• Altimeter – Once again, it works – and there’s a memory feature to save altitudes.
  • Barometer – I love seeing a barometer graph for assessing weather patterns
  • Thermometer – Shows up on the Barometer screen
  • World time: 31 time zones (48 cities + coordinated universal time)
  • 1/10-second stopwatch
  • Battery level indicator – Key for a solar watch, and making sure i have power in the field.
  • Power Saving (display goes blank to save power when the watch is left in the dark)
  • Full auto-calendar (to year 2099)
  • Accuracy: ±15 seconds per month – I’d love to have the MultiBand6 feature too.


  • Switch out the white LED backlight for a green glowing backlight. Those white leds shining from one side glare, and are disruptively bright at night. A dimmer would also be great.
  • Why the direction markers on the bezel? If you can’t turn the bezel to lock in a direction, or save a direction, then get ride of that bezel.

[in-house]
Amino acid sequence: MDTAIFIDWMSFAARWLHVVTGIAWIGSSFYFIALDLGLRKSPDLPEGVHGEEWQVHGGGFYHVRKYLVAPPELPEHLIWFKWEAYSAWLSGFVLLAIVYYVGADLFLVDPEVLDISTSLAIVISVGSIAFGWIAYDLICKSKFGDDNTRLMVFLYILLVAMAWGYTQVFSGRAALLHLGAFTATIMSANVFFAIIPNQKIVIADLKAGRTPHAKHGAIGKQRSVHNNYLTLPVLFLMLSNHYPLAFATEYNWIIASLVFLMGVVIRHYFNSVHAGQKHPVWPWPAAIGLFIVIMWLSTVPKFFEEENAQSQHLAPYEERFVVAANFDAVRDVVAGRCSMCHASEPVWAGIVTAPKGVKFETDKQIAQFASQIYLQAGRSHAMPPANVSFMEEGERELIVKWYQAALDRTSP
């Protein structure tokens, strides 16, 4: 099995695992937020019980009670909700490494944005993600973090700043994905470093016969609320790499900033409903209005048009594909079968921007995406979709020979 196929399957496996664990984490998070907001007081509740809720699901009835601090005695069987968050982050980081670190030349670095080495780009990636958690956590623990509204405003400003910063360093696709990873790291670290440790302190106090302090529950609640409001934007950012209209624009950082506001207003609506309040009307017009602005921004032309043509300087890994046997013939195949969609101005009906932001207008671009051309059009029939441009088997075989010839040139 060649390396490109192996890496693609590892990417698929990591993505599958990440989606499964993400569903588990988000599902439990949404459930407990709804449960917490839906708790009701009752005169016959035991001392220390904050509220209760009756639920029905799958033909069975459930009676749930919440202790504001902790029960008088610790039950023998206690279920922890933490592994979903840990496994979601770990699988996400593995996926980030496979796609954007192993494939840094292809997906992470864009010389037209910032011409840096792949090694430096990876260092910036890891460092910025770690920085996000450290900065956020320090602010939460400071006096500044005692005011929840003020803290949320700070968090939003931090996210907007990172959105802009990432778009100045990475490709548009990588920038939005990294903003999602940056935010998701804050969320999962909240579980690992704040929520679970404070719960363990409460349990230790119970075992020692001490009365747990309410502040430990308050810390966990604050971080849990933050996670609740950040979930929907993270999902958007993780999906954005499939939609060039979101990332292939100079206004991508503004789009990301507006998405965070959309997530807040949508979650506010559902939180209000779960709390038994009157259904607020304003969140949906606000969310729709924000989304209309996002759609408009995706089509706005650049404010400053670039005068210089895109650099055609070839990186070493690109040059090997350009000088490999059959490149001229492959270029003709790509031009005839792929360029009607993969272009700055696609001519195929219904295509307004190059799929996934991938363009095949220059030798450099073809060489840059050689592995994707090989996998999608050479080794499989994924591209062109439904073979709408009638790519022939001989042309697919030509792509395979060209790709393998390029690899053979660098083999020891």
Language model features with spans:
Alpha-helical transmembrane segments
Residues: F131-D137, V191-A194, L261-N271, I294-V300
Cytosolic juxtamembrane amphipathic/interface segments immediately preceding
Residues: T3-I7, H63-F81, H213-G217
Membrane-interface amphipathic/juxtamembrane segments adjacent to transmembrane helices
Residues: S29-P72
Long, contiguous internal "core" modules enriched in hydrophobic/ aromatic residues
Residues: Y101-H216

• It’s nitpicky, but the ProTrek brand name and logo in general -I hate it. The logo font seems like it’s trying hard to look “outdoorsy”. I’d love a new more modern font to really take these timepieces seriously.

Should You Buy It?

Looking for a well features, sure-to-be-durable outdoors watch that just simply works? Then this could be a great choice. But if you’re looking for a truly refined field instrument, or something to model for instagram photos in, then you might want to keep looking.

Final Thoughts

Casio ProTrek PRG330 is a well-featured ABC outdoor watch, with an easily readable display, solar powered dependability, and comfy wearing,. Except for the glare of the backlight, omission of radio controlled time setting, it’s a great piece for the price.

  • Brand & Model: Casio Pro Trek PRG-330
  • Price: USD$200
  • Who we think it might be for: Outdoors people looking for a reliable wrist instrument. 
  • If I could make one design suggestion, it would be: Fix the backlight to be a glowing type instead of side LED type.
  • What spoke to me the most about this watch: Big numbers and solar charging.



  • Case and Bezel material: Resin – Aluminum
  • Band material: Resin
  • LED backlight (Super Illuminator)
  • Solar powered
  • Digital compass
  • Altimeter
  • Barometer
  • Thermometer